By JEFF FALK
Free-standing emergency departments (EDs) in Texas’ largest cities have not alleviated emergency room congestion or improved patient wait times in nearby hospitals, according to a new paper by experts at Rice University.
That finding contradicts arguments made by proponents of free-standing EDs, who have claimed the proliferation of stand-alone emergency rooms would speed care in overcrowded hospitals, said the authors.
But unlike in Texas’ biggest cities, the research indicates that free-standing emergency rooms can indeed reduce wait times in smaller communities.
The researchers reached their conclusion by studying data from the American Hospital Association annual survey, the American Community Survey and free-standing ED licensing data from the Texas Department of State Health Services from 2010 to 2016.
The paper entitled “Freestanding emergency departments in Texas do not alleviate congestion in hospital-based emergency departments” was co-authored by Yingying Xu, a Ph.D. student in Rice’s Department of Economics, and Vivian Ho, the James A. Baker III Institute Chair in Health Economics and director of the Center for Health and Biosciences at Rice’s Baker Institute for Public Policy. It is published in the American Journal of Emergency Medicine.
“We looked at how entry of more free-standing EDs in local markets influenced the flow of patients in nearby hospital EDs,” said Ho, who is also a professor of economics at Rice and a professor of medicine at Baylor College of Medicine. “Overall, entry of nearby free-standing EDs did not affect the number of visits to hospital EDs, emergency room wait time, length of visit for discharged patients or the rate of patients who left without being seen in hospital EDs.”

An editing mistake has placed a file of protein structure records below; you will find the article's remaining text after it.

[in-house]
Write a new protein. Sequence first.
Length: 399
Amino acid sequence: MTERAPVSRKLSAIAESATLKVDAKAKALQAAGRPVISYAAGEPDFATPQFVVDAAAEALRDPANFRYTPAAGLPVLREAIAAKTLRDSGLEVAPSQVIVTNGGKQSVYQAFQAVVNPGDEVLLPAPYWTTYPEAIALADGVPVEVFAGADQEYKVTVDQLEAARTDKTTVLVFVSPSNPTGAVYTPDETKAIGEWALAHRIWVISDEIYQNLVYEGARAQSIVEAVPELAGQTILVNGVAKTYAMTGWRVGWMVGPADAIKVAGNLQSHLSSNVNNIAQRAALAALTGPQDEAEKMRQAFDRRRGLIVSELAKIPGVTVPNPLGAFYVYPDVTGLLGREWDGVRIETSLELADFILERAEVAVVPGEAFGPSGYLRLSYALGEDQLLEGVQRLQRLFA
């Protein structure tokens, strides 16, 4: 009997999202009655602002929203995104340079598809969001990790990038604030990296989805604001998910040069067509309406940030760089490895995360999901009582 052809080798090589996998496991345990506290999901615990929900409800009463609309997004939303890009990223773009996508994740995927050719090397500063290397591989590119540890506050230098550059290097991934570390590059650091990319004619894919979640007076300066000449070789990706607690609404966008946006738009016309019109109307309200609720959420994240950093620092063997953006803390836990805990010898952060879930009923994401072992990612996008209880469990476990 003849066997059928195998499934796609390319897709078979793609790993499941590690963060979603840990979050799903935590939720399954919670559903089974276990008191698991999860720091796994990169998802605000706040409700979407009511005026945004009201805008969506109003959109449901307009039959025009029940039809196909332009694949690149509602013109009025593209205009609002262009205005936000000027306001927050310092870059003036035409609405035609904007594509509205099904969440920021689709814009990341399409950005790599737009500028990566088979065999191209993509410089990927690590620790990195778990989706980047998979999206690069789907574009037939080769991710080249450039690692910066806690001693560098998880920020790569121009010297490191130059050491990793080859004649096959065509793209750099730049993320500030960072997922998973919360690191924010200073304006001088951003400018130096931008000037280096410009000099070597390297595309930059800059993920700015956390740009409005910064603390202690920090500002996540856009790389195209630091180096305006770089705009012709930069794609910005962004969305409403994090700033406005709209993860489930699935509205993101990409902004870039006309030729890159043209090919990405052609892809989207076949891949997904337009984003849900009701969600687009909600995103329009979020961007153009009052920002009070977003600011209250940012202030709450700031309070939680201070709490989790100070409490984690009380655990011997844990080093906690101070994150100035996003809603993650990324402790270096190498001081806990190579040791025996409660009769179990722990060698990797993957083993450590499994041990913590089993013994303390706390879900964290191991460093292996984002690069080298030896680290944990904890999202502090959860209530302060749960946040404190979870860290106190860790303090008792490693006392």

However, in areas outside of the four major metropolitan areas in Texas (Houston, Dallas, San Antonio and Austin), the authors found that if a hospital opened satellite free-standing EDs in the community, wait times in the hospital’s ED and length of stay in the ED both fell.
“Overall, the results suggest that free-standing EDs in general don’t function as a perfect substitute for hospital EDs,” Xu said. “Instead, our results imply that free-standing EDs are increasing utilization of emergency care. They appear to locate in major metropolitan areas where there will be patients who are seeking emergency room care, but they don’t alleviate the burden of overcrowded hospital EDs.
“Whether this additional care is beneficial to patients has not been shown,” Xu said. “But other studies have shown that visits to free-standing EDs are often associated with surprise medical bills for patients, and they have also contributed to higher emergency care spending in Texas.”
Ho said a recent move by the Centers for Medicare and Medicaid Services to lower reimbursement rates for free-standing EDs within six miles of a hospital ED is sensible.